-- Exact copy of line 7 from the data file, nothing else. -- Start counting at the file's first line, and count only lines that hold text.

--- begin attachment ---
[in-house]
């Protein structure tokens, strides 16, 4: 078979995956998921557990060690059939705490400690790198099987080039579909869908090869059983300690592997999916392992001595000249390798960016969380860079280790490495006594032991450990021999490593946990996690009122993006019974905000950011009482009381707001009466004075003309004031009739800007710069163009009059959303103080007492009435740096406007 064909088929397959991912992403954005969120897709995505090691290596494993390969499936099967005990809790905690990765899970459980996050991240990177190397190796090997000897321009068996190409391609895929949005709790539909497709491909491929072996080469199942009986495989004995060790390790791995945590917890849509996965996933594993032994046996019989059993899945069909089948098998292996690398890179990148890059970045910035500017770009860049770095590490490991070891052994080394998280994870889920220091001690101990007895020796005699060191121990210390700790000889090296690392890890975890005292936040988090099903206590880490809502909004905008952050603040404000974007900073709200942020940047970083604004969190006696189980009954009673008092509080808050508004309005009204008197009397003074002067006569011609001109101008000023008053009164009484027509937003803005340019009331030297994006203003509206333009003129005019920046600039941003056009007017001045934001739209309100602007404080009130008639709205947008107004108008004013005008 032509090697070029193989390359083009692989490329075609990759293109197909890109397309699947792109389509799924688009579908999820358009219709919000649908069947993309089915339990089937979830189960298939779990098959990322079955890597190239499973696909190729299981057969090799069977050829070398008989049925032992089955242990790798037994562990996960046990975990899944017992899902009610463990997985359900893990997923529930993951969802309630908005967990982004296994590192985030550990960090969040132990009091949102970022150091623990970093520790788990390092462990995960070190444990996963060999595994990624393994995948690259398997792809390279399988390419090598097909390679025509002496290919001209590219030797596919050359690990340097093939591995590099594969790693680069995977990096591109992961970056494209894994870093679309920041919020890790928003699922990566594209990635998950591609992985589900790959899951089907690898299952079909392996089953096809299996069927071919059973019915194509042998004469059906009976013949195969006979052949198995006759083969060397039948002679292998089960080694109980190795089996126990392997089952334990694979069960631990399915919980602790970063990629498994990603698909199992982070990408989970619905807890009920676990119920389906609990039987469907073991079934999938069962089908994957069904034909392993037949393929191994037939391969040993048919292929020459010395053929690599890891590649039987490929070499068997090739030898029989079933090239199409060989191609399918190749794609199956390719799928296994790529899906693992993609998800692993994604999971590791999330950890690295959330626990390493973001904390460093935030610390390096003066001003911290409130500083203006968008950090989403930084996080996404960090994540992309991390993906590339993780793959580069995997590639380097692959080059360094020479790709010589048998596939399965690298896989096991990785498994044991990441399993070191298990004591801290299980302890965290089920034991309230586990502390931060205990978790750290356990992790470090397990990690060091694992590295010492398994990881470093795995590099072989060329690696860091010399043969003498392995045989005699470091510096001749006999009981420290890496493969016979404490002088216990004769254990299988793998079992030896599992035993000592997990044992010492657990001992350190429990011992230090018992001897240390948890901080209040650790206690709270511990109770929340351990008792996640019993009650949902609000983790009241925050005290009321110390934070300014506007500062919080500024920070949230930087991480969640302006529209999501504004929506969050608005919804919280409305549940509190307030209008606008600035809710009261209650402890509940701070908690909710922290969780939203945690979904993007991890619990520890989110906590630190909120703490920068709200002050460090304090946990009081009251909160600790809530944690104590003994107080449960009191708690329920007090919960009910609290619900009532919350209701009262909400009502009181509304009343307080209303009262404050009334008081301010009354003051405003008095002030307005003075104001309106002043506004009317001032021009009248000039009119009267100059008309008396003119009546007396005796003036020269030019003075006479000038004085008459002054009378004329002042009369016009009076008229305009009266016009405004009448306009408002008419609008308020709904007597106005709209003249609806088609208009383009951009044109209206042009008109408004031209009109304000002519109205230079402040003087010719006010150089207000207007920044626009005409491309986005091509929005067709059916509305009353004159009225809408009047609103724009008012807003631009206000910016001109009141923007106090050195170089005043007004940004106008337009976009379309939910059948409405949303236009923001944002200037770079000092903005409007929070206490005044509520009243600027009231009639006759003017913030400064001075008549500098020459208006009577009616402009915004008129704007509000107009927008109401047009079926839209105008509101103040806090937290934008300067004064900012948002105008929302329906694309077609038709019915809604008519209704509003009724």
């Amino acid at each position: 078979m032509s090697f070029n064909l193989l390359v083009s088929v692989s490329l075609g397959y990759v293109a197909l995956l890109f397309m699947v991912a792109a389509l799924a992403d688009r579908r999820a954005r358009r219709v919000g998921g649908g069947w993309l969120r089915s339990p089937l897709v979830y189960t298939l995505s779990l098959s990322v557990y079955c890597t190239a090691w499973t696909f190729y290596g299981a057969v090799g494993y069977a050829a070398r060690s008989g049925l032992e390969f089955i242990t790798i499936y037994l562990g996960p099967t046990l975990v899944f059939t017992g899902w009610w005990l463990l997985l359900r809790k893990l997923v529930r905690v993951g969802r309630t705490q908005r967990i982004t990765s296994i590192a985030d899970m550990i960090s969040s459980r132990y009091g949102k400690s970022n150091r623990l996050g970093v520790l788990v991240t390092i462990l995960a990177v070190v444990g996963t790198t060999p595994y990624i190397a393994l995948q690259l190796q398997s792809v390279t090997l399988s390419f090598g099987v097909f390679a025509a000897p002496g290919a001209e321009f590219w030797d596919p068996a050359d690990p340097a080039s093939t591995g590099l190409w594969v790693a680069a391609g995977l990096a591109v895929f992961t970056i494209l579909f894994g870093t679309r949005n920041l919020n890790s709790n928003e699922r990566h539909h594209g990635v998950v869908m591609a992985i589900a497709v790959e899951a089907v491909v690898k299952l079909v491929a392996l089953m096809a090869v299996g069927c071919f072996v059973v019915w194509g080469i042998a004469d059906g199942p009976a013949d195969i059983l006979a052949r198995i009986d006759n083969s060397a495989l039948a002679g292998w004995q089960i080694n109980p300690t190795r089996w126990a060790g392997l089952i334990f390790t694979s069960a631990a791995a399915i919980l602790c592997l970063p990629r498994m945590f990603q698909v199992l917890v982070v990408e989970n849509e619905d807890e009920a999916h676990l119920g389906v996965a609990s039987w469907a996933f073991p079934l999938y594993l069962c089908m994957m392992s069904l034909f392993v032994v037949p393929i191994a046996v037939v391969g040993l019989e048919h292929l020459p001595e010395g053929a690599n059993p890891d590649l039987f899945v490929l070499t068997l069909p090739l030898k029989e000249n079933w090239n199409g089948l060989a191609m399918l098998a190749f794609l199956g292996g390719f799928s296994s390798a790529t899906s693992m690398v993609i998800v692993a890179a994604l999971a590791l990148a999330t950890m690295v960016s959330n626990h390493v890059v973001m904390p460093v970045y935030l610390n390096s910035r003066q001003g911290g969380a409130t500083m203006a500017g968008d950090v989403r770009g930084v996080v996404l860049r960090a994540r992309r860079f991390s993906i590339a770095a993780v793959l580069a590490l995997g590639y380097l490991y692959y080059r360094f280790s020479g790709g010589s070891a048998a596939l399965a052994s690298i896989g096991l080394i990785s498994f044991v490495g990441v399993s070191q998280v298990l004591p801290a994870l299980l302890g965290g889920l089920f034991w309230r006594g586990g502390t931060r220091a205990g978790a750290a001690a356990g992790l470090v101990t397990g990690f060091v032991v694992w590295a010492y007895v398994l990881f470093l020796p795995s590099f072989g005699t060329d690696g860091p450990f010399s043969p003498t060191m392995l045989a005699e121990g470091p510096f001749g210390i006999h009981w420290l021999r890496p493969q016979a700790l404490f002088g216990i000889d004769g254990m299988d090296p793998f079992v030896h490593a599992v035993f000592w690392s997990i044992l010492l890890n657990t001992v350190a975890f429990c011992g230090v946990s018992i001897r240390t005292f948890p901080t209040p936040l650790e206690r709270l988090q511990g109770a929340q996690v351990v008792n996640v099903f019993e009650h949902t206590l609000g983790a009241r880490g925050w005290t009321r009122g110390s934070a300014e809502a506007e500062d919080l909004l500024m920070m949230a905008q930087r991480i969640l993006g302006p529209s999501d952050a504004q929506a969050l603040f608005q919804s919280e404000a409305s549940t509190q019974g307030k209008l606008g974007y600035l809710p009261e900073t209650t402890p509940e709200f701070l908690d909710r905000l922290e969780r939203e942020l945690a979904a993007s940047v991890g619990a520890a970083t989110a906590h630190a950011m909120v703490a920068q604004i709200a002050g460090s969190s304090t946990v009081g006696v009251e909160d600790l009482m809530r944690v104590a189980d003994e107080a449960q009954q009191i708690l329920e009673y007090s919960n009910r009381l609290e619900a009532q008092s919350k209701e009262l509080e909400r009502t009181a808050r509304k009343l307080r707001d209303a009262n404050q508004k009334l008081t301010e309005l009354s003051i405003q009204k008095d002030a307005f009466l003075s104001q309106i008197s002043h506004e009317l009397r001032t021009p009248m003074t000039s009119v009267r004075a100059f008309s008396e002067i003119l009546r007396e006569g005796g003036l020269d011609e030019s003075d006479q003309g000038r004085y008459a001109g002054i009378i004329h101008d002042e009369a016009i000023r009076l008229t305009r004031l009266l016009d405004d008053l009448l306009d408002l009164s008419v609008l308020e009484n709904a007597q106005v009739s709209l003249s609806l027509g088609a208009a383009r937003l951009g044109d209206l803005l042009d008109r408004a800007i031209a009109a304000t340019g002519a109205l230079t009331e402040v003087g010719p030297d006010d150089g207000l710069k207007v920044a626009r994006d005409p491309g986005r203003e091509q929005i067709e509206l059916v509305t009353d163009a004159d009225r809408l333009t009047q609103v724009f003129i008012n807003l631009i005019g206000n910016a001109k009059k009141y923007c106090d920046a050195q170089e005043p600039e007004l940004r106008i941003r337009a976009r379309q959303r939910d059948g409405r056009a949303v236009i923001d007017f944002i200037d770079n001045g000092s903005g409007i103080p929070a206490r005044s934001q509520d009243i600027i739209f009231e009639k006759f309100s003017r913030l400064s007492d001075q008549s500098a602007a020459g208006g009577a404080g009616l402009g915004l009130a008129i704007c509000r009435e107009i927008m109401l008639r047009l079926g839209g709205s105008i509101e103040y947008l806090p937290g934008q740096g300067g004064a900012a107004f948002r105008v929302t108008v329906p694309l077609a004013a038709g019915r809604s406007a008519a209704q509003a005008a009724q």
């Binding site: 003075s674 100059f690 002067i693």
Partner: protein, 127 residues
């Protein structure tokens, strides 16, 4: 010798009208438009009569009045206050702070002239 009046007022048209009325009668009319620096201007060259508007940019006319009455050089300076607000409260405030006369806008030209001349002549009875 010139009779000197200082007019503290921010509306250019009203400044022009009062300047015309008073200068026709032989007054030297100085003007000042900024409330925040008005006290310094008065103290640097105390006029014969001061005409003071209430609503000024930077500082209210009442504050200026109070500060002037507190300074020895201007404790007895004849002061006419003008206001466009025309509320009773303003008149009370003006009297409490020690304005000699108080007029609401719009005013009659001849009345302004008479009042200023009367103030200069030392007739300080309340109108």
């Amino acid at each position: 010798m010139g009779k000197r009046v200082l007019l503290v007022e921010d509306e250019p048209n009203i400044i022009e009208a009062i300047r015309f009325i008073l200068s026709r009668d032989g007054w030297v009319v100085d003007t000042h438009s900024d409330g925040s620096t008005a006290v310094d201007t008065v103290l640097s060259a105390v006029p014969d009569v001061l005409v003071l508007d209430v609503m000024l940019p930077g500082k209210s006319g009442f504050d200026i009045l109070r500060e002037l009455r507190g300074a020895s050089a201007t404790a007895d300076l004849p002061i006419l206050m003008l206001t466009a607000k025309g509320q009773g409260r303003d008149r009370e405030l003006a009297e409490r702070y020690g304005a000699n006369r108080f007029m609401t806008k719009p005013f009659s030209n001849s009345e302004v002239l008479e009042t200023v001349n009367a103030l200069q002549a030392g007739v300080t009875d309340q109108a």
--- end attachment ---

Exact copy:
């Amino acid at each position: 010798m010139g009779k000197r009046v200082l007019l503290v007022e921010d509306e250019p048209n009203i400044i022009e009208a009062i300047r015309f009325i008073l200068s026709r009668d032989g007054w030297v009319v100085d003007t000042h438009s900024d409330g925040s620096t008005a006290v310094d201007t008065v103290l640097s060259a105390v006029p014969d009569v001061l005409v003071l508007d209430v609503m000024l940019p930077g500082k209210s006319g009442f504050d200026i009045l109070r500060e002037l009455r507190g300074a020895s050089a201007t404790a007895d300076l004849p002061i006419l206050m003008l206001t466009a607000k025309g509320q009773g409260r303003d008149r009370e405030l003006a009297e409490r702070y020690g304005a000699n006369r108080f007029m609401t806008k719009p005013f009659s030209n001849s009345e302004v002239l008479e009042t200023v001349n009367a103030l200069q002549a030392g007739v300080t009875d309340q109108a």